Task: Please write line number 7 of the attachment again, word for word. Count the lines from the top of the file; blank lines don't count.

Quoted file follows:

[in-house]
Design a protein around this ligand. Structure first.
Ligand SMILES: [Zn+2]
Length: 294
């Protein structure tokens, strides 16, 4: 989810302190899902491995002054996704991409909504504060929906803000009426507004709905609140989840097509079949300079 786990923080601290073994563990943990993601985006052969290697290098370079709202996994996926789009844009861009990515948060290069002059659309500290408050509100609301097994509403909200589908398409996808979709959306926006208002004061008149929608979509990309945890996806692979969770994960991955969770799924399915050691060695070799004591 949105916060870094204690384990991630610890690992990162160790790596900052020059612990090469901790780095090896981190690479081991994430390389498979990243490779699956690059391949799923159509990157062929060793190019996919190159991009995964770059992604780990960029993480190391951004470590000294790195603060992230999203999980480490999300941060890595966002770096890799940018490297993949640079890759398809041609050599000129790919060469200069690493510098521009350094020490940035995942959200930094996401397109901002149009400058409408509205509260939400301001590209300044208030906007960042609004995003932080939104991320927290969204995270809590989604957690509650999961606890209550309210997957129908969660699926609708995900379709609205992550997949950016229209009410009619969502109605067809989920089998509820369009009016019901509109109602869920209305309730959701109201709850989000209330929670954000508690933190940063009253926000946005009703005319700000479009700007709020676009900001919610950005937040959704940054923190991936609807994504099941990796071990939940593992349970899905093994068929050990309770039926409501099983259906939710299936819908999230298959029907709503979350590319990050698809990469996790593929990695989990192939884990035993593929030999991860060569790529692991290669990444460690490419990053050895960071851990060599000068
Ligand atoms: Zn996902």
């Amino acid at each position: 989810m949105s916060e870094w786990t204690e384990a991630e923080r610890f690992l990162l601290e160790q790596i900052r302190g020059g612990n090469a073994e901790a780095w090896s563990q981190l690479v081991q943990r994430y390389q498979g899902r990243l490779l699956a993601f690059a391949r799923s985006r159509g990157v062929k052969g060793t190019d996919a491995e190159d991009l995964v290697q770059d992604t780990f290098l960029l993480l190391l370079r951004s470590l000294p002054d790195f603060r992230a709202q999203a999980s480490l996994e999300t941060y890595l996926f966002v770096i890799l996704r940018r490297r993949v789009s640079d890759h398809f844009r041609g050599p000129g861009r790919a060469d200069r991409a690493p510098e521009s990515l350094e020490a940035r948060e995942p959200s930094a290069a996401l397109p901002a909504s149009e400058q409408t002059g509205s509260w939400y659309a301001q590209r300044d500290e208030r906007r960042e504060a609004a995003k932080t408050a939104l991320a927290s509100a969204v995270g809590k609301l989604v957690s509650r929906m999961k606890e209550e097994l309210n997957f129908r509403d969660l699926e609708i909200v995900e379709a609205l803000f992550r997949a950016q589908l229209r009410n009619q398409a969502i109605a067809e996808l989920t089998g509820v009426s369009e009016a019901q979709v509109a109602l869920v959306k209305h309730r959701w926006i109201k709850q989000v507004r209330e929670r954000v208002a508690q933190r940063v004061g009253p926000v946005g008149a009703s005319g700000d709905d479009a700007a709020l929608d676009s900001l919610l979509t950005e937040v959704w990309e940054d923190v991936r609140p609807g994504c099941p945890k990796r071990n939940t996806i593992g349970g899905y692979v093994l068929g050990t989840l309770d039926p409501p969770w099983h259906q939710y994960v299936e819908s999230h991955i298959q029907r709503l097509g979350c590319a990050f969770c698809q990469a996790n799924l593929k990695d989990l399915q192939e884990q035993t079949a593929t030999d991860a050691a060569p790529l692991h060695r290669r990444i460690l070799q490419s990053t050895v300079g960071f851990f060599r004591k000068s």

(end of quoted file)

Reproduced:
């Amino acid at each position: 989810m949105s916060e870094w786990t204690e384990a991630e923080r610890f690992l990162l601290e160790q790596i900052r302190g020059g612990n090469a073994e901790a780095w090896s563990q981190l690479v081991q943990r994430y390389q498979g899902r990243l490779l699956a993601f690059a391949r799923s985006r159509g990157v062929k052969g060793t190019d996919a491995e190159d991009l995964v290697q770059d992604t780990f290098l960029l993480l190391l370079r951004s470590l000294p002054d790195f603060r992230a709202q999203a999980s480490l996994e999300t941060y890595l996926f966002v770096i890799l996704r940018r490297r993949v789009s640079d890759h398809f844009r041609g050599p000129g861009r790919a060469d200069r991409a690493p510098e521009s990515l350094e020490a940035r948060e995942p959200s930094a290069a996401l397109p901002a909504s149009e400058q409408t002059g509205s509260w939400y659309a301001q590209r300044d500290e208030r906007r960042e504060a609004a995003k932080t408050a939104l991320a927290s509100a969204v995270g809590k609301l989604v957690s509650r929906m999961k606890e209550e097994l309210n997957f129908r509403d969660l699926e609708i909200v995900e379709a609205l803000f992550r997949a950016q589908l229209r009410n009619q398409a969502i109605a067809e996808l989920t089998g509820v009426s369009e009016a019901q979709v509109a109602l869920v959306k209305h309730r959701w926006i109201k709850q989000v507004r209330e929670r954000v208002a508690q933190r940063v004061g009253p926000v946005g008149a009703s005319g700000d709905d479009a700007a709020l929608d676009s900001l919610l979509t950005e937040v959704w990309e940054d923190v991936r609140p609807g994504c099941p945890k990796r071990n939940t996806i593992g349970g899905y692979v093994l068929g050990t989840l309770d039926p409501p969770w099983h259906q939710y994960v299936e819908s999230h991955i298959q029907r709503l097509g979350c590319a990050f969770c698809q990469a996790n799924l593929k990695d989990l399915q192939e884990q035993t079949a593929t030999d991860a050691a060569p790529l692991h060695r290669r990444i460690l070799q490419s990053t050895v300079g960071f851990f060599r004591k000068s």